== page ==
I was also concerned about whether or not I'd be able to eat any of the food there, or if people would think I was rude or uncouth for bringing my own food. I have a lot of food allergies (wheat, corn, sesame, onion, and beef) plus I'm trying to follow an anti-inflammatory diet as much as my will power allows for the sake of chronic pain management. That means no dairy, limited animal based proteins, and lots of fresh fruits and veggies.
I live in the south, where they put meat in everything including the green beans so this is a challenge to say the least.
This concern over being 'the rude one' was making my anxiety escalate further.
The day before the party, I spent about 8 hours at my sister's house, sitting up for most of the day, on furniture that my spine is not a fan of. When I woke up on the day of the party I felt that my nerve pain was triggered and like I wanted to stay home and be on my own furniture and have access to my own Kelly safe foods.
I told my friend Debbie that I didn't want to go, that I wanted to stay home and practice self-care, but felt badly.
She said, 'Couldn't you just make an excuse?'
Yeah... My spine and pain are like, built-in excuses not to do a lot of things I don't want to do.
But if I make an excuse instead of just saying that I won't be able to make it, what am I telling my subconscious? If I make the excuse of having nerve pain, and say I can't go because of pain, will I not just be feeding my subconscious more negative messages and perpetuating the cycle?
I told Debbie that I thought it would be better for my subconscious if I just told Samantha that I wasn't going to make it and offer some alternative times to stop by, visit with her, and deliver her gifts.
Debbie agreed and thought this was a great idea, because then I would be sending the message to my subconscious that my needs are a priority and self-care comes first.
Huzzah! I was on to something!
So I texted Sam... and guess what I said?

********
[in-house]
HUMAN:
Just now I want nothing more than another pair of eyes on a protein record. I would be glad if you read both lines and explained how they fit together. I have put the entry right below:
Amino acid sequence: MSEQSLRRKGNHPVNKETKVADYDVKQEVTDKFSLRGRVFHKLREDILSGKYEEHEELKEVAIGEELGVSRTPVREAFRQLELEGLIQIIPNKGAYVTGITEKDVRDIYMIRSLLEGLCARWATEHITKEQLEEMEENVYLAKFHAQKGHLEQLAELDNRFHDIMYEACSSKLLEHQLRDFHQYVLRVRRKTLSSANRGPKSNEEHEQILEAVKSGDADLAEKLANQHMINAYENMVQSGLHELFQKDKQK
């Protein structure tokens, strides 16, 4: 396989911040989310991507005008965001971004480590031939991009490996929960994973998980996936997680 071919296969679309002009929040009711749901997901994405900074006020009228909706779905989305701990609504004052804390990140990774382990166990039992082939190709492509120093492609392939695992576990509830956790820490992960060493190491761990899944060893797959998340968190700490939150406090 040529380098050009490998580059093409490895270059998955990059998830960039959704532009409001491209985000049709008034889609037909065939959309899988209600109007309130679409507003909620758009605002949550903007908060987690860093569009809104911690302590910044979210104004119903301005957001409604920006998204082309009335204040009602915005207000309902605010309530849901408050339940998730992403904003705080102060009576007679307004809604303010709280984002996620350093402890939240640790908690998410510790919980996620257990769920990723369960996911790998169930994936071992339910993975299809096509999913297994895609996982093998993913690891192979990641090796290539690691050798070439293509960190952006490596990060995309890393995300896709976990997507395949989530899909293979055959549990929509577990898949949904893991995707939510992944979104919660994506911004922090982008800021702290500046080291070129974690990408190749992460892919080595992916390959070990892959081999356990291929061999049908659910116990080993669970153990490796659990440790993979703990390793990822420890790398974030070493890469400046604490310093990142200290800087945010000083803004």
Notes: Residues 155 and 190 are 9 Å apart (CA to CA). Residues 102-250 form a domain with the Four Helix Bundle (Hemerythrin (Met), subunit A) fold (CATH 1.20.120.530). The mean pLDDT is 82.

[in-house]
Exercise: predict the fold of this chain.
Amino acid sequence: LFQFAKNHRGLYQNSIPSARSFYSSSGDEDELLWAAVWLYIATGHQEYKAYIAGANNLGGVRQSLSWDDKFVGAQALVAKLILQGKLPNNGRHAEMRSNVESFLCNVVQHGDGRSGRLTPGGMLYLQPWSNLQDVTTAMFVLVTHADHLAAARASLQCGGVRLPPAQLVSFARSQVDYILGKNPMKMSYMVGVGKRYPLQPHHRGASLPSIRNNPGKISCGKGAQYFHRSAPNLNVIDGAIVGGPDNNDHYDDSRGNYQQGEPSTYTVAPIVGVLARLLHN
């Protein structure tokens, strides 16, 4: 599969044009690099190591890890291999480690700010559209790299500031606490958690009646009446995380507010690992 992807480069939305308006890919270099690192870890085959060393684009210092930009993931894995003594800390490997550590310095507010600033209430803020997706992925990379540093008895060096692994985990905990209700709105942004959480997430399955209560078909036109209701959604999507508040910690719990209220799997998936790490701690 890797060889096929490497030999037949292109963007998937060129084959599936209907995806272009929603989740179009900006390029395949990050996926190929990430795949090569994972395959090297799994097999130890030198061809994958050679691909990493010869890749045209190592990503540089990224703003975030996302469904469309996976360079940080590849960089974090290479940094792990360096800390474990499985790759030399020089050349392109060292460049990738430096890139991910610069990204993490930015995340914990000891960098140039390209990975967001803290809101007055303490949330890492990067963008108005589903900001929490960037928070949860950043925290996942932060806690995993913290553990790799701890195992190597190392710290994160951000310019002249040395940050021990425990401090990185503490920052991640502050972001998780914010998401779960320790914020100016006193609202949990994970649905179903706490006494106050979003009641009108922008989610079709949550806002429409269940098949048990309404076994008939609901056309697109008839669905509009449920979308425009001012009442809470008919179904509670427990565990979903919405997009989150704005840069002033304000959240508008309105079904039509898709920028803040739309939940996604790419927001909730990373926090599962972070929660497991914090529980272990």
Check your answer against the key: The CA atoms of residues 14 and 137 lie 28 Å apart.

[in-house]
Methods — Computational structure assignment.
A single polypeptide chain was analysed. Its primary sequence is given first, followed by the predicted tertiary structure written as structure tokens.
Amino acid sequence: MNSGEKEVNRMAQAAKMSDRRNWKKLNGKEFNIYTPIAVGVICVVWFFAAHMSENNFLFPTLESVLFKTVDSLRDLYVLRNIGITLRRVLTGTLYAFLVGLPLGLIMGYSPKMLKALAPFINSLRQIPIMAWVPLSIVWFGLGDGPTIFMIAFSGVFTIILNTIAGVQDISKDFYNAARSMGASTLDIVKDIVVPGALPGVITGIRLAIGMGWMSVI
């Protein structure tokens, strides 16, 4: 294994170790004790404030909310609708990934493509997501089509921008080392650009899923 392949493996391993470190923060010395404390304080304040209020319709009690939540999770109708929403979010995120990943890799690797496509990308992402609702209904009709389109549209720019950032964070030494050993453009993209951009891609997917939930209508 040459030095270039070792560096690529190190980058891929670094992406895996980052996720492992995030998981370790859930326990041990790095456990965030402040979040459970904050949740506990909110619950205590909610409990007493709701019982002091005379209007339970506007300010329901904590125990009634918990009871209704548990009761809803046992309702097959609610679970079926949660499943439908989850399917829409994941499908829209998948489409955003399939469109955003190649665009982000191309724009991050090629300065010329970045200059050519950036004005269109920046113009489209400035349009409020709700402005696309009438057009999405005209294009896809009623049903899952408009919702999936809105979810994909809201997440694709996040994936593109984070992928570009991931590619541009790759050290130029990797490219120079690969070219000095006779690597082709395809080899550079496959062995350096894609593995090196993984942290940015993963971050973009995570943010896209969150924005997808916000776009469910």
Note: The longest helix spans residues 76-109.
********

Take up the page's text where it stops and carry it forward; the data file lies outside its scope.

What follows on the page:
'I can't make it because I overdid it yesterday and my pain is elevated...'
Blarg. I was so anxious about being 'rude' and feeling like I should live up to the social obligation, that I caved at the last-minute and made a fucking excuse.
What can I say, it's a process!
Vowing to do better by my subconscious.
I'm going to keep working on this because now that I'm aware of it and my therapist has called me out on it I'm catching myself running into this whole negative messages to the subconscious thing all the time.
My personal trainer, Jacob, will tell me we're going to do a certain exercise and I'll give him a look like, 'Have you lost your fucking mind?'
I'm so used to limiting myself and telling myself I can't do things because of my physical handicaps. That's fear talking... flare fear. I'm afraid to be in as much pain every day as I used to be, and it can sometimes get in the way of my rehabilitation and recovery.
It struck me the other day when he said, 'It doesn't matter if I know you can do it, because if you don't think you can then you won't do it.' TRUTH BOMB.
So I've learned to trust him a little bit more when he tells me to do something, because I know that he wouldn't be telling me to do something that he wasn't super confident I could do without hurting myself.
This applies to my business too. I need to recognize my badassery every single day -- not everyone would be handling themselves the way I have throughout this past year. That's some shit to be proud of.
I have to focus on what I can do to grow my business, meet new people, expand my network and clientele, and recruit new team members... instead of focusing on what I can't do.
What are the things you’re telling your subconscious you can’t do?
What are the things you're telling your subconscious you should do, that you don't want to do, thereby making yourself feel like a bad person or a failure?